The joint US-European Solar Orbiter spacecraft has completed its first of many gravity assist flybys of Venus, to start bringing it closer to the Sun and tilting its orbit in order to observe our star from different perspectives.
The spacecraft’s closest approach to Venus took place at 12.39 Coordinated Universal Time (UTC) on Sunday.
“First #VenusFlyby completed for #SolarOrbiter,” the official Twitter handle of the spacecraft tweeted.
A partnership between the NASA and the European Space Agency (ESA), the probe was launched in February to study the Sun.
Its mission is to perform unprecedented close-up observations of the Sun and from high-latitudes, providing the first images of the uncharted polar regions of the Sun, and investigating the Sun-Earth connection.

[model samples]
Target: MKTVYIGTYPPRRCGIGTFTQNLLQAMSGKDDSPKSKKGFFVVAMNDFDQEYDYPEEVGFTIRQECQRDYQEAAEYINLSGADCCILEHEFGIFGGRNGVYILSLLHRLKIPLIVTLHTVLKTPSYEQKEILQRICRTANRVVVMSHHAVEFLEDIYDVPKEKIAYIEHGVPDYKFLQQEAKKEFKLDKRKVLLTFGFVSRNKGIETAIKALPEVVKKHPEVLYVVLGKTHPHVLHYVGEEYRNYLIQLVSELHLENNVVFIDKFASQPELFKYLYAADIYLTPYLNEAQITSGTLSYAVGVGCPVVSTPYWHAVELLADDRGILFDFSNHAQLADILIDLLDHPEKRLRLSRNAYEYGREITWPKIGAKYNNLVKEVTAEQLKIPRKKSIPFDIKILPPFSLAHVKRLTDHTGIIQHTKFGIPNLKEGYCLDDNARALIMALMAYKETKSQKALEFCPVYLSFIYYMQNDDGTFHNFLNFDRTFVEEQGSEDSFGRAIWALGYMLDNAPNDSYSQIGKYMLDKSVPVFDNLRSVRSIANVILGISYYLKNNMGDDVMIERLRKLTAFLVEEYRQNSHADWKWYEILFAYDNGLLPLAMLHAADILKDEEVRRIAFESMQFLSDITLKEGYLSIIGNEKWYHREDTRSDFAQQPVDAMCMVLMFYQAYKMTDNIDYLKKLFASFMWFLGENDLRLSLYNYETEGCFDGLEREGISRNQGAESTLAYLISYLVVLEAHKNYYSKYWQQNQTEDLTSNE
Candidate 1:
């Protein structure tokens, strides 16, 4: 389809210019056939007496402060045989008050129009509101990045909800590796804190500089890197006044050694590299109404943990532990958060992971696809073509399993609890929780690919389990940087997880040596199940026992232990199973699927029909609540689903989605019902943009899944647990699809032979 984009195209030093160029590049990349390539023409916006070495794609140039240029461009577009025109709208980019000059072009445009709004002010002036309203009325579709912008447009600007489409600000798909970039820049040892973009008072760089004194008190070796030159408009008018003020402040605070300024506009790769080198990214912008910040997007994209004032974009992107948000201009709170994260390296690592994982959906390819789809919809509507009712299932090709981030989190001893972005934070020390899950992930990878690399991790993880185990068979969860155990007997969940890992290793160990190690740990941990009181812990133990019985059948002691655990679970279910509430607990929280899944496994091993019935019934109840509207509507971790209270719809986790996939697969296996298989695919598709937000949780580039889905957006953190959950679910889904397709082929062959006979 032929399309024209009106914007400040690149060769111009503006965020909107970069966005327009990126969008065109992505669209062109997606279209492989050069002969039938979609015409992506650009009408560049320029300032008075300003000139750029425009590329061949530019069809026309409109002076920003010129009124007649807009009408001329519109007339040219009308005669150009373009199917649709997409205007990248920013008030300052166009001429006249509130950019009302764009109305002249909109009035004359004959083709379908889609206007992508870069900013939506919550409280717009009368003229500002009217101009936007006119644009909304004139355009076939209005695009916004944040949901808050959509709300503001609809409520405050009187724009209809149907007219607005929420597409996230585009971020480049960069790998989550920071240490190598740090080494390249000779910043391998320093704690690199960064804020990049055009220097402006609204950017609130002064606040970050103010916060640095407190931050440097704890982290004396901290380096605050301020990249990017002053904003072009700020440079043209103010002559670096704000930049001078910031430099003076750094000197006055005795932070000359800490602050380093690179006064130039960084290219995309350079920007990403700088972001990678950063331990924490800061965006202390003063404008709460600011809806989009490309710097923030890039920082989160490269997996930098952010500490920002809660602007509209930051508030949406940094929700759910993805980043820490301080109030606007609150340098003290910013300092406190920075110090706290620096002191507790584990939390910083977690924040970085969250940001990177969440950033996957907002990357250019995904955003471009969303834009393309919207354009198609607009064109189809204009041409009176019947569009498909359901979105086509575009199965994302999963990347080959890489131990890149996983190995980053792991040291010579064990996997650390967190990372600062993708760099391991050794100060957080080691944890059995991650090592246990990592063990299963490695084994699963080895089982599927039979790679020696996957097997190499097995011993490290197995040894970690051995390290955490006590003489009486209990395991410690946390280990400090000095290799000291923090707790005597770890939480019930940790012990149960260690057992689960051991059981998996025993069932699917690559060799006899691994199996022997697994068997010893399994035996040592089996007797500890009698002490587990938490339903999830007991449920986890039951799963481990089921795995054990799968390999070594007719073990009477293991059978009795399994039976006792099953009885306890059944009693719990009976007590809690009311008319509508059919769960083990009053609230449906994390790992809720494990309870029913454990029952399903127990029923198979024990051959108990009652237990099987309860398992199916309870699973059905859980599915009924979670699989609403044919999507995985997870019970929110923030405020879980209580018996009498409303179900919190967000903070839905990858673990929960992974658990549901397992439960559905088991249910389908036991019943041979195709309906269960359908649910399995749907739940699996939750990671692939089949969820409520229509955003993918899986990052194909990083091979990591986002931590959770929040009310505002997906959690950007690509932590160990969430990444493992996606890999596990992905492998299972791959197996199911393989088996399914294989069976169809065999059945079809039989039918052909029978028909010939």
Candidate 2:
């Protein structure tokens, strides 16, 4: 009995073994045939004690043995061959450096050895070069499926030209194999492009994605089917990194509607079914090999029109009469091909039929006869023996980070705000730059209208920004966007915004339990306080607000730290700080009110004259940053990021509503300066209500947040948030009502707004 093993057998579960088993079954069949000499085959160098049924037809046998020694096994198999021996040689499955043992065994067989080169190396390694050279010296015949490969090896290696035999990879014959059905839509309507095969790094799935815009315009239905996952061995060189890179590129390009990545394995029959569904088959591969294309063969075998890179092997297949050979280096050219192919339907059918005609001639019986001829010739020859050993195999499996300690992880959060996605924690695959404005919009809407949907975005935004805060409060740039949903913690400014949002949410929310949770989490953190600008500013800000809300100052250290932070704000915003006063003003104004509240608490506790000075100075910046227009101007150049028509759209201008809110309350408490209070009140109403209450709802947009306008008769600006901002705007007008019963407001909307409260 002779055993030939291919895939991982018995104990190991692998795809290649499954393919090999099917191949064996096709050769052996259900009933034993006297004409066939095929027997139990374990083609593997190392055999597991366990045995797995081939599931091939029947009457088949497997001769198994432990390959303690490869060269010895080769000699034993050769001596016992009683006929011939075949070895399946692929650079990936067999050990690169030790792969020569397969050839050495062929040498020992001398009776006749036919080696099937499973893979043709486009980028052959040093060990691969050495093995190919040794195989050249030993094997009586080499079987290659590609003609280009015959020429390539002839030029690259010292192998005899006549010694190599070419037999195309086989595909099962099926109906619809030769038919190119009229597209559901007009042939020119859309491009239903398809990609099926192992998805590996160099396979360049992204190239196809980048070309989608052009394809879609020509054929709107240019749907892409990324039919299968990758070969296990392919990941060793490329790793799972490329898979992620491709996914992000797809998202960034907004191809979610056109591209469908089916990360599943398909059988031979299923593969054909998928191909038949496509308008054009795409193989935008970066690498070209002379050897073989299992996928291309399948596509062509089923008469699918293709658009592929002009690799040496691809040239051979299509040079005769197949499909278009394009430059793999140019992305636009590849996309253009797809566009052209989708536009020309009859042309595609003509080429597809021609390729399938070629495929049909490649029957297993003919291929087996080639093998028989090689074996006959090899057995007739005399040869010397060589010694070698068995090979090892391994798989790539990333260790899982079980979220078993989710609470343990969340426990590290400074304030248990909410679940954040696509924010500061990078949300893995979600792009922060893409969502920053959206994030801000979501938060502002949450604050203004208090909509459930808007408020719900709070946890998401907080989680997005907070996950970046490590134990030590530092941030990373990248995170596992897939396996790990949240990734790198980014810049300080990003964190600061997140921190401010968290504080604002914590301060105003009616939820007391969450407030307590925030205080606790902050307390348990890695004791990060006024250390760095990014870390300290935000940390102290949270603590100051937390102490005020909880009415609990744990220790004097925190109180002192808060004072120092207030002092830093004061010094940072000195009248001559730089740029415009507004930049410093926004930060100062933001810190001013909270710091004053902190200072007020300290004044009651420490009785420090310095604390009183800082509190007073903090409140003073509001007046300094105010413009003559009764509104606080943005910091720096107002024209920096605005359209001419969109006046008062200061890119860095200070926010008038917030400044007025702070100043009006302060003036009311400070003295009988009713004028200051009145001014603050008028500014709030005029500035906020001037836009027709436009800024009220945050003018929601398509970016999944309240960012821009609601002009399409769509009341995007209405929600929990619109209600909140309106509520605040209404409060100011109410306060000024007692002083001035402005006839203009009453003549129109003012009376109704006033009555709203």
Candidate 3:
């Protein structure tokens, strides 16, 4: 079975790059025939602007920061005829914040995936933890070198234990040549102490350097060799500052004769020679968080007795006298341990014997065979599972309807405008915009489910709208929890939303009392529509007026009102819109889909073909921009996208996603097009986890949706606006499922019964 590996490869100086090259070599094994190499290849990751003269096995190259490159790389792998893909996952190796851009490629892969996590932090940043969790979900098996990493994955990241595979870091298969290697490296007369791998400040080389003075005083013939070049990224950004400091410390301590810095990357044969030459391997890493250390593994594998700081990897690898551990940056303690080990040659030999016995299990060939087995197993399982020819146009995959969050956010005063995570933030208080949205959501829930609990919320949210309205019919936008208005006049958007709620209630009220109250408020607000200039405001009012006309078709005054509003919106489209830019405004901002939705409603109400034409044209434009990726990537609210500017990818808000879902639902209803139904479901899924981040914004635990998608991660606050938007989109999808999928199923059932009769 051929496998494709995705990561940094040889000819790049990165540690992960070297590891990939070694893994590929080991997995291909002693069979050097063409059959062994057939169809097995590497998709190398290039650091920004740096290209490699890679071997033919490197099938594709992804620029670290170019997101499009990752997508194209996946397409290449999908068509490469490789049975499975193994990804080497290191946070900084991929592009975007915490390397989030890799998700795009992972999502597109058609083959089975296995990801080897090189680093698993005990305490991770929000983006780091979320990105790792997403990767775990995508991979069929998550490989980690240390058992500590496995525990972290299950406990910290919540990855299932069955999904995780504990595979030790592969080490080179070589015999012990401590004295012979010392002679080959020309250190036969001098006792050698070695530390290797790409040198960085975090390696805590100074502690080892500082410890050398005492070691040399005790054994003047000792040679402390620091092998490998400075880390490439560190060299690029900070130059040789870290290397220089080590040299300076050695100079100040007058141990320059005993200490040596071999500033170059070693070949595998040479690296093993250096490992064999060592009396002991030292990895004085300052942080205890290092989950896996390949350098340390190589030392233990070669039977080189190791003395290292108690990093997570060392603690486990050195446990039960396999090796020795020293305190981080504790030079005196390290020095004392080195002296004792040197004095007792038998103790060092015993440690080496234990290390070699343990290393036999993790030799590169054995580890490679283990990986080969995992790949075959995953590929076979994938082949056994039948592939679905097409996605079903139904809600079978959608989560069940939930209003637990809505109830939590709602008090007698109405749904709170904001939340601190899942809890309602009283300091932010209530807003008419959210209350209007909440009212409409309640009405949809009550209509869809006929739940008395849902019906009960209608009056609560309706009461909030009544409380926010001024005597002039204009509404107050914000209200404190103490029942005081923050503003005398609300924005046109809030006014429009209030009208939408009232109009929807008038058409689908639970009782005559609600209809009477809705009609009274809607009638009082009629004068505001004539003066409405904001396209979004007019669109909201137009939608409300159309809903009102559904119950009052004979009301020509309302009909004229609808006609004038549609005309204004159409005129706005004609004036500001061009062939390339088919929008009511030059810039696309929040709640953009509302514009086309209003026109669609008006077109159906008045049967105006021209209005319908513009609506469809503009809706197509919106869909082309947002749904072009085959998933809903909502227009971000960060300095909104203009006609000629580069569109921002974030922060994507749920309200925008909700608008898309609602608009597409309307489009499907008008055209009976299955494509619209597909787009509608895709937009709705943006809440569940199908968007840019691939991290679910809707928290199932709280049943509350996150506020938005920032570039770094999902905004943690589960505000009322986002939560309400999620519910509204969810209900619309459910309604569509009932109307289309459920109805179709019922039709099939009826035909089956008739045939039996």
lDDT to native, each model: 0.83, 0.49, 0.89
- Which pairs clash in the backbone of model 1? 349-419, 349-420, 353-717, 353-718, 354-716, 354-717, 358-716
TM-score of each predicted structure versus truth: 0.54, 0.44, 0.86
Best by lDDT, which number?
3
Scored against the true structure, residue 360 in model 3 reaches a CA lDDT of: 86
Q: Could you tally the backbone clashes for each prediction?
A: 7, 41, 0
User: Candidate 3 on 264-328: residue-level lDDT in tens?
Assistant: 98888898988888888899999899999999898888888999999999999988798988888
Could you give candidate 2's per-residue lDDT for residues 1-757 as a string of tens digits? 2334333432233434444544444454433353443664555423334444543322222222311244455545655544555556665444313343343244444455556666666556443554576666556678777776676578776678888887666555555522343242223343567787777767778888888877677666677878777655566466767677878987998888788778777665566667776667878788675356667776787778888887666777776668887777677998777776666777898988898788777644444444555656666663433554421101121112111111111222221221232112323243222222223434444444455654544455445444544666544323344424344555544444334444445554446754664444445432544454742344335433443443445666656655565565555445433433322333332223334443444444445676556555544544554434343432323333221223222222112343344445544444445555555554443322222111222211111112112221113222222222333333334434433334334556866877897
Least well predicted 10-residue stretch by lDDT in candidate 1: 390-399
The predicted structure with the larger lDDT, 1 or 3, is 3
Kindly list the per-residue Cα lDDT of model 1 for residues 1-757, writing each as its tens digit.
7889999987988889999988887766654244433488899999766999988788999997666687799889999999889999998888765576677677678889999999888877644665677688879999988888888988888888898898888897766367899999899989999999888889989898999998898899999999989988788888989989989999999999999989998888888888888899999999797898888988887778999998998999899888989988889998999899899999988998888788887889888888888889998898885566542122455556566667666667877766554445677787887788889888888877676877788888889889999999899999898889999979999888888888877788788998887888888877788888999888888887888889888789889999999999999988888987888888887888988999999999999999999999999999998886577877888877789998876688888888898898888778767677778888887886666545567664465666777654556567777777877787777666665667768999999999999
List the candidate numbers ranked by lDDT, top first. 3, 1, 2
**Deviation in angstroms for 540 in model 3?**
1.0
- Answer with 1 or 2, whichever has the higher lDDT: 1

The Solar Orbiter’s path around the Sun has been chosen to be “in resonance” with Venus, which means that it will return to the planet’s vicinity every few orbits and can again use the planet’s gravity to alter or tilt its orbit, the ESA said.
The next encounter will be in August 2021, the agency said.
Initially, the spacecraft will be confined to the same plane as the planets, but each encounter of Venus will increase its orbital inclination.
By 2025 it will make its first solar pass at 17 degree inclination, increasing to 33 degree by the end of the decade, bringing even more of the polar regions into direct view.
This will result in the spacecraft being able to take the first ever images of the Sun’s polar regions, crucial for understanding how the Sun “works”, for investigating the Sun-Earth connection and how we can better predict periods of stormy space weather, said the ESA.